A few reports of cutworm damage have been received from southern Indiana, most of those are likely dingy cutworm. The dingy cutworm overwinters as a partially grown larva, so early leaf feeding is not uncommon. Fortunately it is not the threat to stand losses that the black cutworm is. Black cutworm moth catches in pheromone traps have indicated several intensive flights into the state over the last several weeks. We have begun to track heat unit accumulations from those significant flights to predict black cutworm development and beginning of plant cutting, see “Weather Update” in this issue of the Pest&Crop. Monitoring for black cutworm damage should begin in southern counties.
Scout by inspecting 20 consecutive plants in each of 5 areas of a field (100 plants) for cutworms and feeding activity. Count and record the number of plants cut or damaged and determine the percentage of plants affected. Also collect black cutworm larvae and determine the average instar stage. While sampling, also record how many leaves are fully unrolled (the collar of the leaf is visible on a fully unrolled leaf). Control of black cutworm may be necessary if 3 to 5% of the plants are damaged and the average larval instar is from 4 to 6. Use the following management guidelines and instar guide. Suggested foliar insecticides for control of economic infestations are listed below.
To increase the probability that adequate control will be achieved when dry soil conditions are noted, a rotary hoe may prove useful. This should stir up the soil and increase the likelihood that the cutworms will come in contact with the insecticide. Additionally, the use of a higher rate of the insecticide in 20 gallons or more water per acre may help the level of control. On no-till fields, where hoeing is not possible, applying the insecticide in the early evening may increase control, as the worms more toward the soil surface during the nighttime hours.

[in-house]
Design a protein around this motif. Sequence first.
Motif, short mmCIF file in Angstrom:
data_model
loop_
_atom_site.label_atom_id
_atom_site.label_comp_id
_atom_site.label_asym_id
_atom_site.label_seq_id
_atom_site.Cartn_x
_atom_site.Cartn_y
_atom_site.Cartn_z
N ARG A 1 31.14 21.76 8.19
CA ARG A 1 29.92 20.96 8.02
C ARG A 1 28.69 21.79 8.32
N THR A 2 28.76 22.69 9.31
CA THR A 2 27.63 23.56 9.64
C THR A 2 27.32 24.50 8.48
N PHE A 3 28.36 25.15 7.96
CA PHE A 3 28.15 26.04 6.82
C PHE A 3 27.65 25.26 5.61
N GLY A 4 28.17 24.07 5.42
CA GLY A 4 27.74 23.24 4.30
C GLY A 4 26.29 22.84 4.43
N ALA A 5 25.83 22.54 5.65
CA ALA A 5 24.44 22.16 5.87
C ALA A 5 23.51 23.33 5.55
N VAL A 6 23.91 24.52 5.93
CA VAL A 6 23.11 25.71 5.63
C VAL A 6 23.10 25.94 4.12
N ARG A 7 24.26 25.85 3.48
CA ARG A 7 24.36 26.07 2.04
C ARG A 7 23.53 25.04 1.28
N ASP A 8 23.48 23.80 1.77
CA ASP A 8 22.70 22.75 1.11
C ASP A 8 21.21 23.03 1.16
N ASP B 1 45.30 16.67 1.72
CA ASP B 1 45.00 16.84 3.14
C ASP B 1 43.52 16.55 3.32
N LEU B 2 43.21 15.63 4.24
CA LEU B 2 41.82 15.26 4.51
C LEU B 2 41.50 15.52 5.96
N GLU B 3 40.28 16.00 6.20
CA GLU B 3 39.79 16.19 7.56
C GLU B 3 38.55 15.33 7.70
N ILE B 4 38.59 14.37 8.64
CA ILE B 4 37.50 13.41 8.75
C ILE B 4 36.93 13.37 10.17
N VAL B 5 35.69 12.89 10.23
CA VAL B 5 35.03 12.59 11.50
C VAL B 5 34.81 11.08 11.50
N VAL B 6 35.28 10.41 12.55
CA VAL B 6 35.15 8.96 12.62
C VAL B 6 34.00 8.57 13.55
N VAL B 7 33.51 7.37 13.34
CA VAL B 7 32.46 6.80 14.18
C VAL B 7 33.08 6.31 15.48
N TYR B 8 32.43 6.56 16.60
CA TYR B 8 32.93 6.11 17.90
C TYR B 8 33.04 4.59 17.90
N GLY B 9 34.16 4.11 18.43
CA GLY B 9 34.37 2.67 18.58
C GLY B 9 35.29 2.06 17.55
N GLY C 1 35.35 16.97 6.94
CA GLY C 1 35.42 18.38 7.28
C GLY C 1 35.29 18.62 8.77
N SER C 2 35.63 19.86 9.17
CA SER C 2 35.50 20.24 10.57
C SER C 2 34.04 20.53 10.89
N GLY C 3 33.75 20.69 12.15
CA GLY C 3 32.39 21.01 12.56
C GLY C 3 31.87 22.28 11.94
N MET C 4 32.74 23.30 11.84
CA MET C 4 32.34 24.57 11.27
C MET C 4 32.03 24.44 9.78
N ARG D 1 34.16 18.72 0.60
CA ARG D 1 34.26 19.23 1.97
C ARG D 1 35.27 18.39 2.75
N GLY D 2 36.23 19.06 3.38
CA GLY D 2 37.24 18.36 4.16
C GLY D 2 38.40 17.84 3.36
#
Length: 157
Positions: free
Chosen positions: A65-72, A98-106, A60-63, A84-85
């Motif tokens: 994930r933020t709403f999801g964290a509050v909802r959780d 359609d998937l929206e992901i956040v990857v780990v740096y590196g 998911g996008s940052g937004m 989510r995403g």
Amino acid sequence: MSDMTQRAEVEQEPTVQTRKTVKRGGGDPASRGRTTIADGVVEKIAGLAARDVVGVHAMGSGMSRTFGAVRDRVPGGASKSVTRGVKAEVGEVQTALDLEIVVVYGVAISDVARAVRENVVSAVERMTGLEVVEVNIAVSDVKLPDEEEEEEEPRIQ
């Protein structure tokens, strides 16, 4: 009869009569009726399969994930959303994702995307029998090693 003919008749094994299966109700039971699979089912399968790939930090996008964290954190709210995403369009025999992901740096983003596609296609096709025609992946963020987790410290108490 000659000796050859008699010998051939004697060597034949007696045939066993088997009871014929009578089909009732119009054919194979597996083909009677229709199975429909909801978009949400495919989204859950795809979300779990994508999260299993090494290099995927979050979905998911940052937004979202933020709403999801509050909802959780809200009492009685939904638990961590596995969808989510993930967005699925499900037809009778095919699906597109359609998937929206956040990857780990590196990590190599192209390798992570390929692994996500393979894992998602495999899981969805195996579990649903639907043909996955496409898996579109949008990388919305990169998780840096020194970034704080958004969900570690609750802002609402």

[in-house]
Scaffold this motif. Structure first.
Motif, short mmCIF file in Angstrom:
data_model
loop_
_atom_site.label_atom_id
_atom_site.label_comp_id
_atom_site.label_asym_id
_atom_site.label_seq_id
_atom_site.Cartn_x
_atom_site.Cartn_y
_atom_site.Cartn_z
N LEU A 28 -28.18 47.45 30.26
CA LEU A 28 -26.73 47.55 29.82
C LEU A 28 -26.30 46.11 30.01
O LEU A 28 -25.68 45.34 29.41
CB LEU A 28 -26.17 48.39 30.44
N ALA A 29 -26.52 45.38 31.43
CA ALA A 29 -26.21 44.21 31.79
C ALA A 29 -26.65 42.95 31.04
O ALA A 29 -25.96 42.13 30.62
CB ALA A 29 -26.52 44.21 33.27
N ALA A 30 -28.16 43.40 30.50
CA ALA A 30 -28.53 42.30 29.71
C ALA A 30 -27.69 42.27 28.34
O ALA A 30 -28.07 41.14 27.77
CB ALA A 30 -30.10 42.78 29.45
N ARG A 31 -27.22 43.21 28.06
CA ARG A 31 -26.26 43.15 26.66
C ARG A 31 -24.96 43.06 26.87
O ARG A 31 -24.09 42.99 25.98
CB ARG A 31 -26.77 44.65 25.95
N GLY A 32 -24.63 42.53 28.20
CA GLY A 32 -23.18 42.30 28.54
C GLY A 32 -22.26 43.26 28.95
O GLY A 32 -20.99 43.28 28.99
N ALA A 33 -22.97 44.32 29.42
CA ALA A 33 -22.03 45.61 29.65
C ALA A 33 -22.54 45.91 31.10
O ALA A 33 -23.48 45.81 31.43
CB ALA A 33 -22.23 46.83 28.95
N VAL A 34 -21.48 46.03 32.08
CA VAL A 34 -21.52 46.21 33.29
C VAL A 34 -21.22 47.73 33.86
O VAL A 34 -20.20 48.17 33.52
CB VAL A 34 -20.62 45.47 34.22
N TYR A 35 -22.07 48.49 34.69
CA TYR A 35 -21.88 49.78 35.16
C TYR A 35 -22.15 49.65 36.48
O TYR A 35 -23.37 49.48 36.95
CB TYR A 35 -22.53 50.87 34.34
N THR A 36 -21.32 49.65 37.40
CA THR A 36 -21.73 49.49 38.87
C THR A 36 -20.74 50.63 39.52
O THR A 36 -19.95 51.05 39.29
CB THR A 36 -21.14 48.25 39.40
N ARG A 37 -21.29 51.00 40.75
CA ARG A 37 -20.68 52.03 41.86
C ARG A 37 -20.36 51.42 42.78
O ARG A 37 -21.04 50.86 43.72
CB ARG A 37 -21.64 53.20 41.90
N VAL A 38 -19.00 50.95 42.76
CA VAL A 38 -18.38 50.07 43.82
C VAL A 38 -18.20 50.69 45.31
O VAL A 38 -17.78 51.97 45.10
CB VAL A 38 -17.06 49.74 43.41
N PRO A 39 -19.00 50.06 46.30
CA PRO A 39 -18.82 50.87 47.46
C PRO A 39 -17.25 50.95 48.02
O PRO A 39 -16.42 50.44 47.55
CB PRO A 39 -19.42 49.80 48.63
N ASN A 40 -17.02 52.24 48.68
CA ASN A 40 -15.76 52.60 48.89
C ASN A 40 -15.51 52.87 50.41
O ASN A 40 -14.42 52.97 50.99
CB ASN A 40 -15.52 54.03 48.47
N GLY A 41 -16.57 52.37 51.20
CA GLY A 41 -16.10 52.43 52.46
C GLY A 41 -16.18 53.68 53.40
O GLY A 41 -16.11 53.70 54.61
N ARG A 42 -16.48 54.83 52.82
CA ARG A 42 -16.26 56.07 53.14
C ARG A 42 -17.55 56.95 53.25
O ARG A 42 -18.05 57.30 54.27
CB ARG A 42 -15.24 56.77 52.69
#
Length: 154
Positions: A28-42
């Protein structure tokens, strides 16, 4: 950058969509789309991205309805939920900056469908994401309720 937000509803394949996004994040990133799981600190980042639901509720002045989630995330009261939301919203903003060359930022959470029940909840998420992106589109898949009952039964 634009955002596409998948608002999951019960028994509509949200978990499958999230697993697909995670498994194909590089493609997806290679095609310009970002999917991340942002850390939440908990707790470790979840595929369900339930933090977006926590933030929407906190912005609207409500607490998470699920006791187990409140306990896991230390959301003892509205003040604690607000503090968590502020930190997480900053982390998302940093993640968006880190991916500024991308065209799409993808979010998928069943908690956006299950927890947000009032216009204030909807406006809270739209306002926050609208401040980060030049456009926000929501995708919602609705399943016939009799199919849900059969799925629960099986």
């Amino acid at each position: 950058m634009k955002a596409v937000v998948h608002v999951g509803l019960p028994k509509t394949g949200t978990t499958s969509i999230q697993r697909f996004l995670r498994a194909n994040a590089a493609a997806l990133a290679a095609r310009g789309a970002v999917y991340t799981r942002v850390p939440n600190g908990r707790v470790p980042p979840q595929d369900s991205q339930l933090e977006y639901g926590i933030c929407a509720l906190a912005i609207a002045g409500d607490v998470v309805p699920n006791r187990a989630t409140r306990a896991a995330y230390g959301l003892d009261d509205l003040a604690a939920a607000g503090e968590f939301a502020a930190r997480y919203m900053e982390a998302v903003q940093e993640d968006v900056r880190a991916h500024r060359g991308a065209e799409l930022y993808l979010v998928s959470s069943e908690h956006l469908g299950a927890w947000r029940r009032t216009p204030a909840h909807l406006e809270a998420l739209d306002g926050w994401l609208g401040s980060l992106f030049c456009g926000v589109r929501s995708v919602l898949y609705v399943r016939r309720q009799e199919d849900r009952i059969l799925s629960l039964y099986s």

Jon Neufelder, Posey County CES, informs us that some armyworm damage is occurring in wheat. Armyworm moths have been making their way into the state for the last several weeks and females have been laying eggs on grassy-type plants. Hatching larvae then proceed to feed on grassy plants and crops. Fortunately the moth numbers captured in black light traps are nothing compared to the “memorable” 2001 season.
Pest managers should examine wheat plants in different areas of a field, especially where plant growth is dense. Look for flag leaf feeding, clipped heads, and armyworm droppings (excrement) on the ground. Shake the plants and count the number of armyworm on the ground and under plant debris. On sunny days, the armyworm will take shelter under crop residue or soil clods. If counts average approximately 5 or more per linear foot of row, the worms are less than 1-1/4 inches long and not parasitized or diseased, and leaf feeding is evident, control may be justified. If a significant number of armyworm are present and they are destroying the leaves, or the heads, treat immediately.